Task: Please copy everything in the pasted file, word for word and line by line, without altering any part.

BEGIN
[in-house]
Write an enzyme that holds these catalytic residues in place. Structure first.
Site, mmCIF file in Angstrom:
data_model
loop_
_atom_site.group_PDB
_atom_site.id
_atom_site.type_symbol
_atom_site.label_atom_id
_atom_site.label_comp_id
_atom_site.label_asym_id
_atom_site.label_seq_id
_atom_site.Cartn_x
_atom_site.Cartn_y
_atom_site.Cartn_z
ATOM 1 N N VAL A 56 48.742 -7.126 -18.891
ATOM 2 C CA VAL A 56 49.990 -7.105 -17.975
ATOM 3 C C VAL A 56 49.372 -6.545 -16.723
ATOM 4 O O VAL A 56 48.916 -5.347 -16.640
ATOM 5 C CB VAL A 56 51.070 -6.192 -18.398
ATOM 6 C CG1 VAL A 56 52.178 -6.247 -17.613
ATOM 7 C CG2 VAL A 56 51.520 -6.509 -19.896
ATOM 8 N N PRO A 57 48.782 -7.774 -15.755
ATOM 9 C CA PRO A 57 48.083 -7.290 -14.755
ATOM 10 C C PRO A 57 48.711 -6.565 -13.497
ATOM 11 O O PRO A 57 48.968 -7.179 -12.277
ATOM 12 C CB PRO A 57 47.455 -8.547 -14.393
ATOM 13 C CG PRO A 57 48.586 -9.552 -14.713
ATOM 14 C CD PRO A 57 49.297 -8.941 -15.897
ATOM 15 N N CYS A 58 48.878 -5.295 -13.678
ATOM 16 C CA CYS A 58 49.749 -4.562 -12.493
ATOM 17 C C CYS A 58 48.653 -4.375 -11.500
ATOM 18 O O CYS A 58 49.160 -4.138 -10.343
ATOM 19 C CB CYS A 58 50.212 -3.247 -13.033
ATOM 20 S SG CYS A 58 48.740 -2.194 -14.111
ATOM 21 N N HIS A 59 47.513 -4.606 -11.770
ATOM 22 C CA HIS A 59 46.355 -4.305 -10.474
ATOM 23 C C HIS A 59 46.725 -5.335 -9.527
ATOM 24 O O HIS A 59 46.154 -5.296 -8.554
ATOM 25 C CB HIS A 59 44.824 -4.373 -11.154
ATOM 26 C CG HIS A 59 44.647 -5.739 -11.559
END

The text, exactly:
[in-house]
Write an enzyme that holds these catalytic residues in place. Structure first.
Site, mmCIF file in Angstrom:
data_model
loop_
_atom_site.group_PDB
_atom_site.id
_atom_site.type_symbol
_atom_site.label_atom_id
_atom_site.label_comp_id
_atom_site.label_asym_id
_atom_site.label_seq_id
_atom_site.Cartn_x
_atom_site.Cartn_y
_atom_site.Cartn_z
ATOM 1 N N VAL A 56 48.742 -7.126 -18.891
ATOM 2 C CA VAL A 56 49.990 -7.105 -17.975
ATOM 3 C C VAL A 56 49.372 -6.545 -16.723
ATOM 4 O O VAL A 56 48.916 -5.347 -16.640
ATOM 5 C CB VAL A 56 51.070 -6.192 -18.398
ATOM 6 C CG1 VAL A 56 52.178 -6.247 -17.613
ATOM 7 C CG2 VAL A 56 51.520 -6.509 -19.896
ATOM 8 N N PRO A 57 48.782 -7.774 -15.755
ATOM 9 C CA PRO A 57 48.083 -7.290 -14.755
ATOM 10 C C PRO A 57 48.711 -6.565 -13.497
ATOM 11 O O PRO A 57 48.968 -7.179 -12.277
ATOM 12 C CB PRO A 57 47.455 -8.547 -14.393
ATOM 13 C CG PRO A 57 48.586 -9.552 -14.713
ATOM 14 C CD PRO A 57 49.297 -8.941 -15.897
ATOM 15 N N CYS A 58 48.878 -5.295 -13.678
ATOM 16 C CA CYS A 58 49.749 -4.562 -12.493
ATOM 17 C C CYS A 58 48.653 -4.375 -11.500
ATOM 18 O O CYS A 58 49.160 -4.138 -10.343
ATOM 19 C CB CYS A 58 50.212 -3.247 -13.033
ATOM 20 S SG CYS A 58 48.740 -2.194 -14.111
ATOM 21 N N HIS A 59 47.513 -4.606 -11.770
ATOM 22 C CA HIS A 59 46.355 -4.305 -10.474
ATOM 23 C C HIS A 59 46.725 -5.335 -9.527
ATOM 24 O O HIS A 59 46.154 -5.296 -8.554
ATOM 25 C CB HIS A 59 44.824 -4.373 -11.154
ATOM 26 C CG HIS A 59 44.647 -5.739 -11.559